Anyone can make a film today, but getting distribution and garnering the attention of audiences is the real hurdle. Writer/director Chris Blake has accomplished both of these tasks with his latest horror/thriller All Light Will End starring Andy Buckley (The Office), Sarah Butler (I Spit on Your Grave) and Ted Welch (The Help). The film, distributed by Gravitas Ventures, follows a capricious young author hiding a dark secret when she returns home for her brother’s graduation, finding herself haunted by the past and tormented by grim night terrors. Chris is a fan of the saying, “There’s the movie you write, the movie you shoot, and the movie you edit.” He discusses this philosophy and much more in the exclusive interview below.
Was All Light Will End a difficult film to get made? What was the most challenging part of the process?
Chris Blake: I feel like every film is difficult to get made these days. I think the toughest hurdle we face today as indie filmmakers is saturation. The film industry has become so accessible and there are so many films being made all over the world, that it’s becoming more and more difficult for projects to rise above the noise. Studios and private equity investors are pitched so frequently, and have so many options to choose from, getting them to see the value in your project is the most pressing challenge we’re all facing.
Which character do you relate to most in the film?
Chris Blake: There’s a little of me in all the characters I write and a little bit of truth to all of my stories – so, it’s difficult to pin it down to one character in particular. I’d like to think I’m most present in the hero of the story, and the least present in the psychopathic antagonists that make their way into my films, but I’m not sure that’s true. Fingers crossed.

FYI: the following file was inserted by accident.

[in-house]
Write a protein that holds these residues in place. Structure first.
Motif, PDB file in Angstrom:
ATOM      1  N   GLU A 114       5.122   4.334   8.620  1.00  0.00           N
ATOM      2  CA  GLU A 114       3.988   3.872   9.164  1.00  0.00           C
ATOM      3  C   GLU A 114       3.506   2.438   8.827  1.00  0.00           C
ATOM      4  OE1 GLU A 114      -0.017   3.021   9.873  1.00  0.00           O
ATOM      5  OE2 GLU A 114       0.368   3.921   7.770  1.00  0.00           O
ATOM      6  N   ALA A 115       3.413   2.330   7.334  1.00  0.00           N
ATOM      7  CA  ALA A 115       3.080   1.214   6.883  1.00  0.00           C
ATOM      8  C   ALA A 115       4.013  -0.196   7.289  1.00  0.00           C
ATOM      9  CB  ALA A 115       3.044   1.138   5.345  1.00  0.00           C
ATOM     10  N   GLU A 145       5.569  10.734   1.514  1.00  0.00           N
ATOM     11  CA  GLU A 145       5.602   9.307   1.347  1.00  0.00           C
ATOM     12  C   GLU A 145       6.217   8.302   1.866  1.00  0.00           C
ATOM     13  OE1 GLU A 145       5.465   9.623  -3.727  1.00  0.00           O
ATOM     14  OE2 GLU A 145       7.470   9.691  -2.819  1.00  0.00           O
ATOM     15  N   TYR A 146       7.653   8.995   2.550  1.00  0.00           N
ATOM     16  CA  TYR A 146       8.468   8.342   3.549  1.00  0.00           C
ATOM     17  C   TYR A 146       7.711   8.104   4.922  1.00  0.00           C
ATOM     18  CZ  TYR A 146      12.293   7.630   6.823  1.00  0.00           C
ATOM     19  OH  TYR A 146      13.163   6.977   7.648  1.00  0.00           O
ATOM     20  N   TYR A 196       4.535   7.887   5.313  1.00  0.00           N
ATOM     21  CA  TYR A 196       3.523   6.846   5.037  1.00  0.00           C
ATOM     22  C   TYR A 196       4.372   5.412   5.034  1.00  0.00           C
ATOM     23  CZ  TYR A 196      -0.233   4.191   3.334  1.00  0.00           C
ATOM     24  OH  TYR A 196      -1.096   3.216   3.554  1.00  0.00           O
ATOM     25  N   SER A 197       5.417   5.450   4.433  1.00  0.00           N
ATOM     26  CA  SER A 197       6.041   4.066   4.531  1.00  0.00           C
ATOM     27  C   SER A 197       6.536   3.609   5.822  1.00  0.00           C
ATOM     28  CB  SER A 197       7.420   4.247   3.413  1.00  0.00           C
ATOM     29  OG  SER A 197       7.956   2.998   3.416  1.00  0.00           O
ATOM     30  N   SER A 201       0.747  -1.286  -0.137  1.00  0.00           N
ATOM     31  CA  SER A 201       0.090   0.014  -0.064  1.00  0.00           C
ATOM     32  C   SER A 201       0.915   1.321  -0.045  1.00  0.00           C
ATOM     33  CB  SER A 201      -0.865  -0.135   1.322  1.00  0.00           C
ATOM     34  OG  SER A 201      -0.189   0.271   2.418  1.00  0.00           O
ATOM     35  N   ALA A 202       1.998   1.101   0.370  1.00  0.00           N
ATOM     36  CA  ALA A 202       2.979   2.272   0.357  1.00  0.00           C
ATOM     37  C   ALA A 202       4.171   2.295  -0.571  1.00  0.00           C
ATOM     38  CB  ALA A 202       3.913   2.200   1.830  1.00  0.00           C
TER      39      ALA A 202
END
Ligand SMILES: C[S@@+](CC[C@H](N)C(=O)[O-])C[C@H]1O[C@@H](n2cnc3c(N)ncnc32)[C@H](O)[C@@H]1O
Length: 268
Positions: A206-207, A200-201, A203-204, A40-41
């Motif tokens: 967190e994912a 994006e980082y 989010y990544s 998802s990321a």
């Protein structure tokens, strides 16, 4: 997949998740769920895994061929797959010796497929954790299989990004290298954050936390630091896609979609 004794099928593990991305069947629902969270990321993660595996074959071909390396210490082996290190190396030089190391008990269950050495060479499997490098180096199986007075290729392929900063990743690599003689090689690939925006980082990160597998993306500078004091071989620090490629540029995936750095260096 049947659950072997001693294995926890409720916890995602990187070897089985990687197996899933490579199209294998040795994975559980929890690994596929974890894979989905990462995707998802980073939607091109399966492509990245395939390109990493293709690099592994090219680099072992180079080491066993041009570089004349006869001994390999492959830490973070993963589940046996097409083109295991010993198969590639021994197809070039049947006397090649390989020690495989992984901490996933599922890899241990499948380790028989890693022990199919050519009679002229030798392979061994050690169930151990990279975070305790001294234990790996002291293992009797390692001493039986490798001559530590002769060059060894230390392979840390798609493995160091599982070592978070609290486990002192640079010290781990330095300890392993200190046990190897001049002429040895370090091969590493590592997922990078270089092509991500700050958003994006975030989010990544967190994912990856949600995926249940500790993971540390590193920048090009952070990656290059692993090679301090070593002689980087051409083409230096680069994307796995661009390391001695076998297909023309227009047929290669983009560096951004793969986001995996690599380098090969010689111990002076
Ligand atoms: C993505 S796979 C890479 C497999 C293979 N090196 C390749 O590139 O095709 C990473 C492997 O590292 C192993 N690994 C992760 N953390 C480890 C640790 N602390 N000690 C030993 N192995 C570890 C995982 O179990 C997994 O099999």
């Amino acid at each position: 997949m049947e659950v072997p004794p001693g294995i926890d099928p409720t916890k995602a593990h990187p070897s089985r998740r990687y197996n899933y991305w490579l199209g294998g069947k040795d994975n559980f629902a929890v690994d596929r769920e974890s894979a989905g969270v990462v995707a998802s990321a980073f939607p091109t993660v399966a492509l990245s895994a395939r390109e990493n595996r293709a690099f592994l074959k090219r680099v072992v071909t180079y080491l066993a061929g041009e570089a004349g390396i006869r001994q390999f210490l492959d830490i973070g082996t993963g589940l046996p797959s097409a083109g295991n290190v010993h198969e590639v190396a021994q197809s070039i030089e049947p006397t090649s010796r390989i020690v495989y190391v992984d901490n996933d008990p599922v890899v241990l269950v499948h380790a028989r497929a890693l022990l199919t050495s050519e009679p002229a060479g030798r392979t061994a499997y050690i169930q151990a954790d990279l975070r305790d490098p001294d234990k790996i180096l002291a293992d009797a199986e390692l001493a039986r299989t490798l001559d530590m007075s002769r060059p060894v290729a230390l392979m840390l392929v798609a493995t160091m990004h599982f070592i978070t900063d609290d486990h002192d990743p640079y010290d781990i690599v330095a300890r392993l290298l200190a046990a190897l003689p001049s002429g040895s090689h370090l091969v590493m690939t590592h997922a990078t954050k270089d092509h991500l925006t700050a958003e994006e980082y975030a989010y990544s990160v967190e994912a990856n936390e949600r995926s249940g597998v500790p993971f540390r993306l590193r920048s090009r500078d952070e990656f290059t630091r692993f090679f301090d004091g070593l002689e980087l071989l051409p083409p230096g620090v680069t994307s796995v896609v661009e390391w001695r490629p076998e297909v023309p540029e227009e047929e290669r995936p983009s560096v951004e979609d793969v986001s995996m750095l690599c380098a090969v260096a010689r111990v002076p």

What was the most difficult character to cast in All Light Will End? Why?
Chris Blake: Probably Paul. I needed a good-looking, fun-loving guy, who could also double as a perverted blackmailing asshole at the flip of a switch. I was happy we pulled the trigger on Graham Outerbridge. I think he brings a lot of depth to the character.
In one word, what is All Light Will End about?
Chris Blake: Vindication.
Did this script and your vision of the film evolve over time?
Chris Blake: It did. I think it has to. There’s an old saying I love – “There’s the movie you write, the movie shoot, and the movie you edit.” Sometimes, you write what’s in your head, and then when you see it or you hear it, you know it needs to be something else. And then other times your producer says, “Yeah, we had the money to do it that way before you cast this person and shot this other scene the way you wanted to, now we don’t have the money to do it this way anymore.” That’s always fun to hear. But you adjust and have to get creative and oftentimes the movie ends up being better because of it. Then editing is of course a totally different discussion because everything changes when you see what you’ve shot. It’s like a puzzle that could go several different ways and a lot of times it’s different (and hopefully better) than the way you wrote it.
As a director, what do you think is your most important job?
Chris Blake: I think that depends on which director you are at any given point – whether you’re on set, in the editing room, in pre-production, etc. Overall, I think the director has to commit to a vision and protect the story, even if that means realizing their idea isn’t the best idea. A director’s responsibility is to the story and figuring out how to tell it in the best way possible.
What do you enjoy most about your career?
Chris Blake: Creating. Freedom.
When do story ideas normally hit you?
Chris Blake: Anything at any point could spark a story idea. I never know when or where it’s coming from.
Was there a film that you saw when you were younger that made you want to get in the business?
Chris Blake: Yes, Jerry Maguire. I was 11. The way Cameron Crowe told that story. I don’t know. To this day, it’s still my favorite movie.